Leadership – Affirming It Truly Is for All

Have you taken the time to assess your own leadership qualities?  Did you know that leadership is being viewed by college admissions offices and employers as a valuable asset for all individuals who are making applications to their organizations?  Where do you stand with demonstrating humor, planning, vision, creativity, integrity, openness, assertiveness and development?

The following link leads to a wonderful article on the importance of leadership and the impact on anyone looking to get a job in the future.  Leadership is not something that happens overnight and it is not just for heads of corporations or nations.  Please take a few minutes to read the article and assess your own inventory of leadership qualities.  http://ezinearticles.com/?Leadership-in-a-Down-Economy-and-Using-it-to-Get-a-New-Job&id=2267609

Click here to contact me for assistance with career direction or building your leadership portfolio.

Creating a “Best You” Resume’

Presenting the picture of you to a potential employer requires a careful, accurate and quantifiable selection of words that will pique their interest and provide connections to their need and purpose for hiring you.  Many times over the past several months I have referenced the importance of measuring natural ability. In so doing, it is possible to quantify characteristics which are valued by employers and most especially in today’s job market.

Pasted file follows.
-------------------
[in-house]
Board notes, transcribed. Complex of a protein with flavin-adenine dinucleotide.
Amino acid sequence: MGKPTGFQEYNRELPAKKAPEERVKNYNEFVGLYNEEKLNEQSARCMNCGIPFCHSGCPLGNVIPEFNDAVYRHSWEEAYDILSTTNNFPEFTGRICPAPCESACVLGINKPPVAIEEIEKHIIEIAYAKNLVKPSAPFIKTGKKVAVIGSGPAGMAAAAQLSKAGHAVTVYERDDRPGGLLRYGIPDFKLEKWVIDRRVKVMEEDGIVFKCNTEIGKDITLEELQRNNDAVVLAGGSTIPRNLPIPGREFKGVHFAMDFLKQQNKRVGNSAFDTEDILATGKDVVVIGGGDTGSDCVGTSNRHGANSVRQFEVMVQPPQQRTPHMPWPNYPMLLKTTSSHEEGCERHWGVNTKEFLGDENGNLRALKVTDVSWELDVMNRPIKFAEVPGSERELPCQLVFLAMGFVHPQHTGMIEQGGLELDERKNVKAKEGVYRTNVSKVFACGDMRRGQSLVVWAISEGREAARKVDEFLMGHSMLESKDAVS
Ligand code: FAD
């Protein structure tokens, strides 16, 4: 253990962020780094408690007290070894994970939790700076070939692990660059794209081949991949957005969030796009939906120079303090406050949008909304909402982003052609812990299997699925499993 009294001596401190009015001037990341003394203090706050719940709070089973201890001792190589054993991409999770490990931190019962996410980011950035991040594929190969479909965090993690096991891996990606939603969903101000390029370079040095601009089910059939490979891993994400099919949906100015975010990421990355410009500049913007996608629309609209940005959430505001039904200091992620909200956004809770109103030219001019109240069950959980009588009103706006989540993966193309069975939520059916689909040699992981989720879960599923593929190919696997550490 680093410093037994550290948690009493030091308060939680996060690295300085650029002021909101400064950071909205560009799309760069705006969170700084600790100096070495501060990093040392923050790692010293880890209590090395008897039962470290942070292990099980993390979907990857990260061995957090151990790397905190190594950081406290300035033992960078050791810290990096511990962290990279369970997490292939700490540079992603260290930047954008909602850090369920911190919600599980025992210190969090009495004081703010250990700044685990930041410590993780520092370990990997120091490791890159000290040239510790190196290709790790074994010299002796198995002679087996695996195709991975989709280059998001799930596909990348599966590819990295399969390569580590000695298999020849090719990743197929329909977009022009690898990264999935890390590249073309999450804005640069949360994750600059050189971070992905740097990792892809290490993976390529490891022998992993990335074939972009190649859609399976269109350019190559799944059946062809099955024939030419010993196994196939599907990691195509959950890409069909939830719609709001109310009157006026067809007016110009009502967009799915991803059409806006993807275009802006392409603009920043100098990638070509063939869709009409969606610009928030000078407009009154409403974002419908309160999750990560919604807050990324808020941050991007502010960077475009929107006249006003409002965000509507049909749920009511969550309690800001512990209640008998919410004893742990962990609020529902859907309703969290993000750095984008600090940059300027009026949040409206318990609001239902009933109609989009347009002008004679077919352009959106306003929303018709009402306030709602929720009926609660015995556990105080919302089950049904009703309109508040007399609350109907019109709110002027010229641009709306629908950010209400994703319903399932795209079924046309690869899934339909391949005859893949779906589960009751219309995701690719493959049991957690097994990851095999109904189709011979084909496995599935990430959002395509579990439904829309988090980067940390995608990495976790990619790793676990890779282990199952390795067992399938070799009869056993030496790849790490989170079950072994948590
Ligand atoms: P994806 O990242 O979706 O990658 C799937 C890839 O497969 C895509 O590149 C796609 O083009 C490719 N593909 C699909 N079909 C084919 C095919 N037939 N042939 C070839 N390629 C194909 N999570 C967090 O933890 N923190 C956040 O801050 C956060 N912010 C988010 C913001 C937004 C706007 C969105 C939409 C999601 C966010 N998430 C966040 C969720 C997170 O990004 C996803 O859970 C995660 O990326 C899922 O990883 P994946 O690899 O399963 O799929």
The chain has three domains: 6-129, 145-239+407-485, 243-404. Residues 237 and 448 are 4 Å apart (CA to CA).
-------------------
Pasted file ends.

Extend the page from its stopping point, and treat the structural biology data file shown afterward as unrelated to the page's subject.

Just as there are jobs that no longer exist, the words once highly effective in resumes have also changed.  There was a great article on MSN Careers about writing an eye-catching resume’.  Click here to read the article.  Click here if you want to know more about measuring your natural abilities.

Connecting Passions, Talents and Careers

“The biggest mistake people make in life is not making a living doing what they most enjoy.”  Malcolm S. Forbes 

 ”Find your passion, whatever it may be. Become it, and let it become you and you will find great things happen FOR you, TO you and BECAUSE of you.” Alan Armstrong